Maui’s State Parks
From mauka to makai (mountains to sea), Maui’s state parks are a true showcase of the diversity of this island. Whether you’re in the mood for beaches, forests, waterfalls, or historic sites, your options are as varied as you choose to make them.
Towards the middle of the island you’ll find two Maui state parks. Halekiʻi-Pihana State Monument is the remains of two heiau (ancient temples) that were rededicated as war temples under Kahekili, Maui’s last ruling chief. While visitors are welcome at heiau, please remember that these sites are still considered sacred by most of Hawaiʻi’s residents today. Please respect our culture and traditions by not climbing on the structures, moving rocks, or leaving non-biodegradable offerings.
Also centrally located is the perennially popular ʻIao Valley State Monument. On a short (0.6-mile) paved loop trail hike, you can view the unique erosional formation, Kukaʻemoku (ʻIao Needle) as well as visit a botanical garden filled with Polynesian canoe plants (the plants brought on canoes by Hawaiʻi’s first settlers). Please note that ʻIao Valley State Monument has been closed for repairs in the wake of major flooding, and is expected to re-open by mid-July. Please check the state DLNR website to make sure it is open when planning your trip.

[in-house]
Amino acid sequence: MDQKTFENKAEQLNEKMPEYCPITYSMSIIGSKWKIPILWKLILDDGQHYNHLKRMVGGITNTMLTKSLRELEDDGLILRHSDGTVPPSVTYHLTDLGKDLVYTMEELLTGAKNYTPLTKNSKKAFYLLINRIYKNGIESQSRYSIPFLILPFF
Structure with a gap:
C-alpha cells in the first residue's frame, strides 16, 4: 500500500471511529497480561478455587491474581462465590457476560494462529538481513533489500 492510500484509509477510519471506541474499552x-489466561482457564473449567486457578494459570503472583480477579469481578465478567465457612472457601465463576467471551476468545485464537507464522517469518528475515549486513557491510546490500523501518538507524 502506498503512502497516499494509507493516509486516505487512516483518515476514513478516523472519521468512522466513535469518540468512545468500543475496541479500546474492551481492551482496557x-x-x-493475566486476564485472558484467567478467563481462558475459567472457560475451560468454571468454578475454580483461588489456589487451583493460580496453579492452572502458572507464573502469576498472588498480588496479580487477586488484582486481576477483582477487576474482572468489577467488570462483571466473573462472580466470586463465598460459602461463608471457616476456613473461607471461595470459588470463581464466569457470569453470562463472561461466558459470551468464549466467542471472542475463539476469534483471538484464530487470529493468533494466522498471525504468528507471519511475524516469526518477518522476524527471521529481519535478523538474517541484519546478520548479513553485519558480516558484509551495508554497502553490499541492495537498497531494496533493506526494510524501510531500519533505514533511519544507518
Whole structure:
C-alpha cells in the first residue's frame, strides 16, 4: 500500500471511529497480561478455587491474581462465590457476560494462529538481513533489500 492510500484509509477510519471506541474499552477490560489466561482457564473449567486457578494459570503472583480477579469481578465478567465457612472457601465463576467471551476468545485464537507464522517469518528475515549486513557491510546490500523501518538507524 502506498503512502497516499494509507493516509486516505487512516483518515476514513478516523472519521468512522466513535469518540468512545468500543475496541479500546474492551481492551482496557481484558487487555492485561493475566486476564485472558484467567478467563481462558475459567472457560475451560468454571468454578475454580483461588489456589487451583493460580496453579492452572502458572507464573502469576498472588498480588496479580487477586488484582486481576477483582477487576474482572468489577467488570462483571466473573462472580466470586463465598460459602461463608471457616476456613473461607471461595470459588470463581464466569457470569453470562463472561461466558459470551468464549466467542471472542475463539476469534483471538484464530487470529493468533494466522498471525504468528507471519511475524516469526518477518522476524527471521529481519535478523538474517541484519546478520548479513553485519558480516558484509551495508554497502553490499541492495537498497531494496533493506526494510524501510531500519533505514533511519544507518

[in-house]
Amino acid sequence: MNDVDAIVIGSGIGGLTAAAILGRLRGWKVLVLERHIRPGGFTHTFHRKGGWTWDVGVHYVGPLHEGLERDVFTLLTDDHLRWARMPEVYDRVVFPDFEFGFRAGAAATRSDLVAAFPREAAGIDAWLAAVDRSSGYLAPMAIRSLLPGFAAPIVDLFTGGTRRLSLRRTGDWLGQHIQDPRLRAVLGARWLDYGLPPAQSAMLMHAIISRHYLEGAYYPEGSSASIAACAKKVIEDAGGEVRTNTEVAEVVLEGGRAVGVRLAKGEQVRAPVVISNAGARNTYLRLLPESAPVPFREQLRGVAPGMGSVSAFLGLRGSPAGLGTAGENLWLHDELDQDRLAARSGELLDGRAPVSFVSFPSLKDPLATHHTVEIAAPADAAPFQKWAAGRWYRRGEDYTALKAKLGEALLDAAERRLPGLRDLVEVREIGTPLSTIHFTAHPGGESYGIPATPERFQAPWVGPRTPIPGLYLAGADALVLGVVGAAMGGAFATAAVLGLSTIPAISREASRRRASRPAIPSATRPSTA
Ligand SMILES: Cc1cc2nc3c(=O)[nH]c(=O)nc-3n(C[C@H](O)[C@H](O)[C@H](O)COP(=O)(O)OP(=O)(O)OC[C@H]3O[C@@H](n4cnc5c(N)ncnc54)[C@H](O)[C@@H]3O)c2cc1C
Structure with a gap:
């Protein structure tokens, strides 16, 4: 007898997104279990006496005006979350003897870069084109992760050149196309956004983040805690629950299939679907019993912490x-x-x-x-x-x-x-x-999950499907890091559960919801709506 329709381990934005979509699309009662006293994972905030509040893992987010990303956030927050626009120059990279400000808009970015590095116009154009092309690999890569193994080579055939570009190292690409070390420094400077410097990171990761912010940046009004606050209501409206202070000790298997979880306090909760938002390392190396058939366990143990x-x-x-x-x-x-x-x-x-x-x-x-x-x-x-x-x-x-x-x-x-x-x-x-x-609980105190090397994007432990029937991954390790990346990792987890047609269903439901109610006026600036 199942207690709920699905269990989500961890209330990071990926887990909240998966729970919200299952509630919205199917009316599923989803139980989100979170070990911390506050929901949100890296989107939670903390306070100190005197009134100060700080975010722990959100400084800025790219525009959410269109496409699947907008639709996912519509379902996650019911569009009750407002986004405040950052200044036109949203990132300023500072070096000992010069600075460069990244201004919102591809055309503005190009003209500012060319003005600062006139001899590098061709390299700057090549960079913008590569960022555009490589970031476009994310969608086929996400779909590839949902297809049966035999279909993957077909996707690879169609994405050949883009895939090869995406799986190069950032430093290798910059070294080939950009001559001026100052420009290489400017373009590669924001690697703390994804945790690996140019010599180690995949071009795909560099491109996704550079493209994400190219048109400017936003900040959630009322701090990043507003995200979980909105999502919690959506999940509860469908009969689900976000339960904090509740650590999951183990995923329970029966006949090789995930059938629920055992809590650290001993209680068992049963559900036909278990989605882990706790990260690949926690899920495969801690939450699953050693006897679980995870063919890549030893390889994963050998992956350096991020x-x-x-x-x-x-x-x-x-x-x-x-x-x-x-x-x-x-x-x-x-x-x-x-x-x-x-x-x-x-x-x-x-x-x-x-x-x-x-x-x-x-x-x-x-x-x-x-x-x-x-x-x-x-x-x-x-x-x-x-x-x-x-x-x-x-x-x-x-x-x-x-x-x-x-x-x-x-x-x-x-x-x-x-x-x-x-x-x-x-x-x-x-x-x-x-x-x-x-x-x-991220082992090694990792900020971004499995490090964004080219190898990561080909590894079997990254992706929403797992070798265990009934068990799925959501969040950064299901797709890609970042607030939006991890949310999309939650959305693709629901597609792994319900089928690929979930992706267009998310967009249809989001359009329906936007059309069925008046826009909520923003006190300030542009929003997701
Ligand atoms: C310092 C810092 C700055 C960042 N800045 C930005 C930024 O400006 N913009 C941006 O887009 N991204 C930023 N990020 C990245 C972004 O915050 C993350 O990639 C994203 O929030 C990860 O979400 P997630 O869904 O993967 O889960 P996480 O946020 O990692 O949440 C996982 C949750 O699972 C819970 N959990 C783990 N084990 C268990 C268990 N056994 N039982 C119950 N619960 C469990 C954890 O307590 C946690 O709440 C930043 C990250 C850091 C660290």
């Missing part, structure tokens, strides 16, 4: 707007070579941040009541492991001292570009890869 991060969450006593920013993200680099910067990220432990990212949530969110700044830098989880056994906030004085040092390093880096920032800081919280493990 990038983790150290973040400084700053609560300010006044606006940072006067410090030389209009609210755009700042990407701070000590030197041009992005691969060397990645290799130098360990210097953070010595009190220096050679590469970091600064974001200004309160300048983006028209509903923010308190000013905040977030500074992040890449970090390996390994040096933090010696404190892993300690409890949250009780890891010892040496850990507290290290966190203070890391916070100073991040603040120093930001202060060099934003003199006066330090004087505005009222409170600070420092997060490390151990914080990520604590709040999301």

On the slopes of Haleakalā, you’ll find Polipoli Spring State Recreation Area. This state park in Maui sits at 6,200 feet, and is the perfect cool foggy escape for when you just can’t stand any more hot days on the beach! The Kula Forest Reserve allows camping and has one cabin for rent. Hikers are advised to wear bright colors, as pig and seasonal bird hunting occur in the forest reserve.
Along the Hana Highway, you’ll find several state parks in Maui and wayside areas to stop at during your drive. Waiʻānapanapa State Park is great for hardy families who enjoy fishing, tidepooling, and seabird viewing. There are 12 cabins available for overnight lodging. Scenic views are available from Wailua Valley State Wayside, Puaʻa Kaʻa State Wayside, and Kaumahina State Wayside. Please bear in mind that state wayside areas are usually a rest stop for picnicking, and may not have much in the way of facilities.
Finally, for those who love the beach, no trip to Maui is complete without a visit to Mākena State Park, a rugged wildland beach topped with a cinder cone volcano formation. This is a popular spot for surfing, shore fishing, and swimming (during calm seas). No drinking water available, so be sure to come prepared.
From the mountains to the ocean, Maui’s state parks have all the adventure you’re looking for!